What data science taught us about 211 email subject line phrases
Once you click the send button, your email subject line is the most important part of your campaign. This is a fact.
Think about your own experience in the inbox. Mine is something like this:
- Look at inbox
- Look at sender name
- Look at subject line
- Make a decision whether or not to open it and read the content
Your sender name is important as it conveys your brand value. But it’s not something you can change easily.
Your subject line is important because testing and optimising them drives response rates like nothing else.
But, there’s a common problem with subject lines.
Dotmailer research reveals 26% of email marketer’s time is spent on email creative, 21% on deployment, and only 8% on testing. And, over 70% of email marketers don't split test their subject lines very often.
Here’s the thing: if people don’t open your email, there’s a 0% chance they’ll see your creative.
It’s clear that more attention needs to be paid to subject lines. However, subject lines as a discipline lacks rigorous scientific and statistical investigation.
Research to reveal the importance of 'subject lines' in emails
I believe that there is a science to subject lines. So I did the research to prove it.
I took a random, anonymised sample of 700 million emails from phrasee.co, the subject line tester and generator. The data is from a collection of online retailers spanning numerous industries. It is mostly from the UK and the USA, with small amounts of data from other Anglophonic countries.
Simply looking at past data is myopic and risky. It assumes that tomorrow will be the same as yesterday. This is where most subject line analysis falls short.
I then applied some advanced statistics. I’ll spare you the gory details but, in a nutshell, I created a time-decayed Bayesian probability model. Then, I ran billions of Markov chain Monte Carlo simulations to generate a huge amount predictive data. This allowed me to take a data set and extrapolate it to a much larger sample of outcomes. It also controlled for random variance, which makes the end results more robust. It also takes into account interdependence of phrases, not just binary outcomes.
From here, I normalised the results and calculated a quality score for individual phrases. The quality score is derived from a combination of response metrics, time-decayed results, and external factors. It’s called the Phrasee Score™.
What is a Phrasee Score™?
Phrasee Scores™ are statistics that tell you how well (or poorly) a given phrase will perform in an email subject line. They are based upon our training data and predictive algorithms.
Scores range from 1 to 100. The higher the score the more reliably a phrase drives response.
Bear this in mind though: a high Phrasee Score™ doesn’t tell you that the given phrase will always deliver solid results for you. What it does tell you is that a phrase has above-average results with low variability. A low score may have good results at times, but the variability is higher. It’s therefore less likely to be the causal variable of increased response.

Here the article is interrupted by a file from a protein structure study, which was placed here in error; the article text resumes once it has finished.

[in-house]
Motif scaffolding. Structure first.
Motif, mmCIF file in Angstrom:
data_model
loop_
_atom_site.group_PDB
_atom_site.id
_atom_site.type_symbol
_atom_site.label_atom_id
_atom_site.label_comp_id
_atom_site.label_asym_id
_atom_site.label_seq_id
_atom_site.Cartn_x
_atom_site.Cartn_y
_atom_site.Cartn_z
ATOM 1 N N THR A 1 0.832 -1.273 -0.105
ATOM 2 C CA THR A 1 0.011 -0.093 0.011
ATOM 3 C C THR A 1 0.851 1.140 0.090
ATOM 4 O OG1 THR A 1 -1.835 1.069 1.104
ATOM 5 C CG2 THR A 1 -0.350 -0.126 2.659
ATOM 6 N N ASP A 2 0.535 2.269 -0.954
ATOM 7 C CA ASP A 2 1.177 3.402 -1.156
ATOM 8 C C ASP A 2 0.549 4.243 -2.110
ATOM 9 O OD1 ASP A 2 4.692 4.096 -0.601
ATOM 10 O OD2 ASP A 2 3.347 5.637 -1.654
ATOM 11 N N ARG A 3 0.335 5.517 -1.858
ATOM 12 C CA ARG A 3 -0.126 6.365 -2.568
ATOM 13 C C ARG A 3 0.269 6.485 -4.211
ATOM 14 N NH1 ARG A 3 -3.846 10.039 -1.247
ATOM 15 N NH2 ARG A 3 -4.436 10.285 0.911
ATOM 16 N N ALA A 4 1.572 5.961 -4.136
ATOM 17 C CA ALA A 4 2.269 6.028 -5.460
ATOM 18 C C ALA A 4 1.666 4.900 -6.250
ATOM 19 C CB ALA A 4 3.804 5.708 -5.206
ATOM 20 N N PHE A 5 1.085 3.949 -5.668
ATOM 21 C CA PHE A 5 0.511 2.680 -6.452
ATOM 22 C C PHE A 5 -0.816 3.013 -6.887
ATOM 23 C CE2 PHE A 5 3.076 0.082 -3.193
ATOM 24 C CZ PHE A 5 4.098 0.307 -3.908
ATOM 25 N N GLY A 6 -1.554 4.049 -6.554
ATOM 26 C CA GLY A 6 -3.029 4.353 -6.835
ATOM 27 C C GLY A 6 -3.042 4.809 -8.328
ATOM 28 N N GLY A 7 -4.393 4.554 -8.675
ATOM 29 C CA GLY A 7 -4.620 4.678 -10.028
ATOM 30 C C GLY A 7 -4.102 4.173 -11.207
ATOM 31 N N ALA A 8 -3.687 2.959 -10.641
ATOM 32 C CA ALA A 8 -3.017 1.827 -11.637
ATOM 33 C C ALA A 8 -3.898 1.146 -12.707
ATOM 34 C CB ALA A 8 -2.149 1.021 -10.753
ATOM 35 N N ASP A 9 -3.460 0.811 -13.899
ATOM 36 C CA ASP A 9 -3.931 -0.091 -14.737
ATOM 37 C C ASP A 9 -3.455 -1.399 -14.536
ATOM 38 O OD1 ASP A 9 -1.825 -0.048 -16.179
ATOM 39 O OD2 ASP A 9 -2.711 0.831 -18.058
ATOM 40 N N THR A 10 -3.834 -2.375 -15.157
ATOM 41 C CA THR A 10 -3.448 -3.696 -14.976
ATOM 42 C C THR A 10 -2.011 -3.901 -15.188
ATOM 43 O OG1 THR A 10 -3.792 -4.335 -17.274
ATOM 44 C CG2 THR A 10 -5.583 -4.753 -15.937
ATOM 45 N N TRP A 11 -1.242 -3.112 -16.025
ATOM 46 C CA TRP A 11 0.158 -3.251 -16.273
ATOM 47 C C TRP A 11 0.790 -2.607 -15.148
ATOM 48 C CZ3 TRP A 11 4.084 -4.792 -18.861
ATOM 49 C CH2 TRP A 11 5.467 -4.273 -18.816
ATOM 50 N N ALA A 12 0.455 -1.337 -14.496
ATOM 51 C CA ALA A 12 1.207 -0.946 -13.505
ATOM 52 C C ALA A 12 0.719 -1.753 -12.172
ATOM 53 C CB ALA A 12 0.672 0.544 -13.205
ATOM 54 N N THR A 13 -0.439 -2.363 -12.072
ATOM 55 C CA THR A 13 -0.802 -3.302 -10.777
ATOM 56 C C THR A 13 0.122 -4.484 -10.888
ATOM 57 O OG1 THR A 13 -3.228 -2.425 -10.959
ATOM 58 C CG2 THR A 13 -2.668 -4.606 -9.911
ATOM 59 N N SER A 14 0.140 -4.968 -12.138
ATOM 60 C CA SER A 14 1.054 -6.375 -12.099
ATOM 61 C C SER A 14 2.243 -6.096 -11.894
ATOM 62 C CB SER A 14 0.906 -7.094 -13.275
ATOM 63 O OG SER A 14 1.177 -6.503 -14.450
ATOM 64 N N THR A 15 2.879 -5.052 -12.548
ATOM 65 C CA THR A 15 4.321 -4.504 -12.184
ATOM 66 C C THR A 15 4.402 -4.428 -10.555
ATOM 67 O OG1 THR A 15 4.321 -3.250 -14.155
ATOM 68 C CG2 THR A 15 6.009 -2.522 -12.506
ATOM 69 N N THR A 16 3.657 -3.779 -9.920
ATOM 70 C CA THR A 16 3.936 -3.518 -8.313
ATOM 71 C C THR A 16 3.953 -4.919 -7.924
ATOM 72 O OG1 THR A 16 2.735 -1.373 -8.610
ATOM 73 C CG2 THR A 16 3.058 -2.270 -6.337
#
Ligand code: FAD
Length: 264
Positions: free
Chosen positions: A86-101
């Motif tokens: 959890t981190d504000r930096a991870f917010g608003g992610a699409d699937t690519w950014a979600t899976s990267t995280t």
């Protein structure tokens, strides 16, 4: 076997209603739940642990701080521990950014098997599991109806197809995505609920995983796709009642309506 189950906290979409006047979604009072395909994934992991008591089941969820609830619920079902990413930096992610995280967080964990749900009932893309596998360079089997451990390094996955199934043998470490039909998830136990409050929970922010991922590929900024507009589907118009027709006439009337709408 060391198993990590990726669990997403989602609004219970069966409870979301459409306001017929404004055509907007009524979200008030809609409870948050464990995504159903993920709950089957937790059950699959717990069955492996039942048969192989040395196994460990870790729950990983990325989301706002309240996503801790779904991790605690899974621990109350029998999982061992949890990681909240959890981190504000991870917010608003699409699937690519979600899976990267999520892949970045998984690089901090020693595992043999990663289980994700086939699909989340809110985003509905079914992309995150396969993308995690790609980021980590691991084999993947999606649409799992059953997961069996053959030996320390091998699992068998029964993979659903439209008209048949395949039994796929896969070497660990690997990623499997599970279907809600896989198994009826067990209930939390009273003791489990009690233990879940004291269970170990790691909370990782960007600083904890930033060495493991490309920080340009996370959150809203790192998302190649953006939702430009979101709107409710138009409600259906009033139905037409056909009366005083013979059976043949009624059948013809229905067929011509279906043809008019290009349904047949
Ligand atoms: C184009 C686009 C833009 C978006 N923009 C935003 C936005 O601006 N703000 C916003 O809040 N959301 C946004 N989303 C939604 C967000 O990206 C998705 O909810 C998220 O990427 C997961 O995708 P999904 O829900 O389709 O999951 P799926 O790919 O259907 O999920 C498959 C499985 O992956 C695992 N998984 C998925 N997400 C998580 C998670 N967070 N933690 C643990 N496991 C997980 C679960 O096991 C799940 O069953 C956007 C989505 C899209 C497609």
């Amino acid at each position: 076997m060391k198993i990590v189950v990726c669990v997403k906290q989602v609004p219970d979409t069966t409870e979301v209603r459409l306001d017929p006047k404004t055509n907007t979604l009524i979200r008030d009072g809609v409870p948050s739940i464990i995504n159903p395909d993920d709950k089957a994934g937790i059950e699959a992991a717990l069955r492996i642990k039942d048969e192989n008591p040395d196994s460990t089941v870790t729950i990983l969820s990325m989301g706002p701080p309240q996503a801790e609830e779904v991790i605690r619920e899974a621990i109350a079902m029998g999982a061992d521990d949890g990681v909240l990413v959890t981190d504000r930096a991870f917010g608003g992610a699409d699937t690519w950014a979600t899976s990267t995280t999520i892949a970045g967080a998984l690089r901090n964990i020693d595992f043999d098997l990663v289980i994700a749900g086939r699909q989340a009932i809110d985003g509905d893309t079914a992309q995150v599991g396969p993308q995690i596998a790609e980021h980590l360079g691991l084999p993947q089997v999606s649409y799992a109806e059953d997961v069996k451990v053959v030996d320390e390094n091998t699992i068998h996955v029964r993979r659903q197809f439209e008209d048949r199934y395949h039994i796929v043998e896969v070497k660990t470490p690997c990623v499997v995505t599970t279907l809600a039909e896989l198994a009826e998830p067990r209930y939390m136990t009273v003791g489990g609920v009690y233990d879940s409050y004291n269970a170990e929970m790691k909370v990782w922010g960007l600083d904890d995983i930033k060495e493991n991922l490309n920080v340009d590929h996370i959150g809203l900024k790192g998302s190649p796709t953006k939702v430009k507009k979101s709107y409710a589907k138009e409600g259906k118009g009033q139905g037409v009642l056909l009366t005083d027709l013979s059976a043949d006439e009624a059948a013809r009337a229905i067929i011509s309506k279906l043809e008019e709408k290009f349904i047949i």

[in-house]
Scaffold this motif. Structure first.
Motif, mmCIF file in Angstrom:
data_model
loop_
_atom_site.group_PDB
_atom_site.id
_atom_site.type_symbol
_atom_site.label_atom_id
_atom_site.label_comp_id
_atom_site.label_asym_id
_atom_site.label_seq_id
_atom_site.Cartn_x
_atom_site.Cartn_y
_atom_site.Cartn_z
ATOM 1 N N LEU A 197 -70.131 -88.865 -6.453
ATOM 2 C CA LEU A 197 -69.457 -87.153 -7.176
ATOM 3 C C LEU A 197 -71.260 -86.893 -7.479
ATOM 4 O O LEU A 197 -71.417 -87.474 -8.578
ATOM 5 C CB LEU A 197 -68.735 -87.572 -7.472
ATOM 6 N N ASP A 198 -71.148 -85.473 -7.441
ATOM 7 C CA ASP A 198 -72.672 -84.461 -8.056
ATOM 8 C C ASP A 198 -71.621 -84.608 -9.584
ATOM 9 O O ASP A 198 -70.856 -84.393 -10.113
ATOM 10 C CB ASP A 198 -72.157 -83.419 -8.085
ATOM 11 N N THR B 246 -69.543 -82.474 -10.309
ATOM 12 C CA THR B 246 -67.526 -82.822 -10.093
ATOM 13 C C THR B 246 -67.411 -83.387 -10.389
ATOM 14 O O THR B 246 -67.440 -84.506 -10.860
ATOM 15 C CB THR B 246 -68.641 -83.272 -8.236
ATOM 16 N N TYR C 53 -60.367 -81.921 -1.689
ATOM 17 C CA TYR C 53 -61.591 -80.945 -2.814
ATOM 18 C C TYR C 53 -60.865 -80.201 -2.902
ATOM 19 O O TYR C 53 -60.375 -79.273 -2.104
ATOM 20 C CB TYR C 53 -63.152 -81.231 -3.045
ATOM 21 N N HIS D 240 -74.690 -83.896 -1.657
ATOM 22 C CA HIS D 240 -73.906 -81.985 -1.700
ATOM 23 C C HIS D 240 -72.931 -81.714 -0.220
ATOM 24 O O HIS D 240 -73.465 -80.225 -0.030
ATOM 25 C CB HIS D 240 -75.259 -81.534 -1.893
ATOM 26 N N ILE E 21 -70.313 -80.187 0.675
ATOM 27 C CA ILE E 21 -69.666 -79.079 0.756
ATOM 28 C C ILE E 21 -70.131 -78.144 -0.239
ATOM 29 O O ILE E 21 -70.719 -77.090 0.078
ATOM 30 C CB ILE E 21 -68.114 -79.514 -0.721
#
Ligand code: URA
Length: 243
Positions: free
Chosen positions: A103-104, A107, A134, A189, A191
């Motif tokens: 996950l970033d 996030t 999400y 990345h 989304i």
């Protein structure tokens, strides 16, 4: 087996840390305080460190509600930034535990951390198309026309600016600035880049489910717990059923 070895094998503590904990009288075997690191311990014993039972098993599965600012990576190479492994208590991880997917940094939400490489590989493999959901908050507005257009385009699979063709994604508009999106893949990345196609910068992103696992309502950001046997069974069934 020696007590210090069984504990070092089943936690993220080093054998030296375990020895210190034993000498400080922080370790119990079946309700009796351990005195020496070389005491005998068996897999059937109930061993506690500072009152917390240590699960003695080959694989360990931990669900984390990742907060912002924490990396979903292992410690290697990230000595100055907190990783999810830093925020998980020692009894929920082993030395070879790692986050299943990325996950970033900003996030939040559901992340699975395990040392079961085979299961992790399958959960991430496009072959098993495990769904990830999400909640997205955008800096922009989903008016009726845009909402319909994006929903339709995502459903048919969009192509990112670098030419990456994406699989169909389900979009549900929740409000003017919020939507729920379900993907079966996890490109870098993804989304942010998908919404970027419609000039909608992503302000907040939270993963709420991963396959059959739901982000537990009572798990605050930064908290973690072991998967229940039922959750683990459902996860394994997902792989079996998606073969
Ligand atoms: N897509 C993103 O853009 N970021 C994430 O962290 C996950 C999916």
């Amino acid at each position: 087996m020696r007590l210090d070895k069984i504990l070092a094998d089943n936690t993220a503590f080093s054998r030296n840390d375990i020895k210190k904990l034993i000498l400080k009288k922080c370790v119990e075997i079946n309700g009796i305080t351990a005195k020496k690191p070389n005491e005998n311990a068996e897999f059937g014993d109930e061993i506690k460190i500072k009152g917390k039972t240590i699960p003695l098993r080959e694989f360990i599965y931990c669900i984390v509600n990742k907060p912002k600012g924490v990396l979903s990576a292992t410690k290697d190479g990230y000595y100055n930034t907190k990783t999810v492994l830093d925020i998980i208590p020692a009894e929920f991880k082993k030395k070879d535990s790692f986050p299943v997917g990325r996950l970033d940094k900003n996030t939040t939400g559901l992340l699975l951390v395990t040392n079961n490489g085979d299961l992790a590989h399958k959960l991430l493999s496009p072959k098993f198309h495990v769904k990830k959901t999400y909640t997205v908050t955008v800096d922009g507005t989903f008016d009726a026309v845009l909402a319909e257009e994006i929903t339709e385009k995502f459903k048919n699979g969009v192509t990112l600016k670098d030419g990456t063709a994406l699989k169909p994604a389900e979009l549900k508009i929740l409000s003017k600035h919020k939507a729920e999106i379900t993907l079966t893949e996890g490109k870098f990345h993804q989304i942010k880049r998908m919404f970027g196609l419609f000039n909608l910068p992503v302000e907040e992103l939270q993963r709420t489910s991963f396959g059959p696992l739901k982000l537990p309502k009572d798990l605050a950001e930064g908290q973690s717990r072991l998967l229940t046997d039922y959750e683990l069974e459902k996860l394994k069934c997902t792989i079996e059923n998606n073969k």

Phrasee Scores™ are an indication of quality. They will help you decide what to use in your subject lines. But they’re not silver bullets – there’s a lot more to subject line science than that. To understand more about how Phrasee uses this score to generate subject lines, then read on.
Results of the analysis
I tested out 211 common phrases used in email subject lines that are focused on selling.
For the sake of keeping this blog post under a million words, I’ll abridge the results. You can download the email subject lines report.
Key findings from the subject line analysis report
I’ll break it up into a few subsections to aide readability and comprehension. I’ll show the top 5 and bottom 5 from a selection of the categories I analysed.
These are call-to-action phrases that are intended to elicit a specific behaviour.
These are subject lines formed as a question, checking specific inquisitive structures.
These are phrases that relate to a specific offer, discount or sale.
These are noun or verb modifiers that elicit emotional response from email recipients
These are phrases that use time or stock defined scarcity as an action driver. Clearly, anything to do with Midnight isn’t working too well.
I analysed much more as well: In total I analysed 211 phrases. Beyond the Phrasee Score™ and also calculated open, click and click-to-open means and quartile metrics. You can download the full email subject line report
Key email marketing takeaways
From doing this analysis, I learned the following things:
- There is a science to subject lines
- Testing subject lines is key to learning what works
- Advanced statistics can teach you a lot about subject lines
- Don’t use the word 'midnight'
What are your experiences?
Phrasee uses machine learning to optimise your email subject lines. free trial of phrasee.co and benefit from subject line science in action.
Thanks to Parry Malm for sharing his advice and opinions in this post. Parry is CEO of Phrasee, and President of agency Howling Mad. He has worked with countless brands and media outlets to help them optimise their online results. He’s one of the world’s leading experts on email marketing. He started his career coding middleware for CRM software, then sent out millions of emails for global brands, before running the strategy department for an ESP. He holds a BBA (1st) in Marketing & Statistics and can probably beat you in an Excel-off. On weekends, he helps wayward youths see the error of their ways through the magic of interpretive dance. You can follow the company on Twitter or LinkedIn.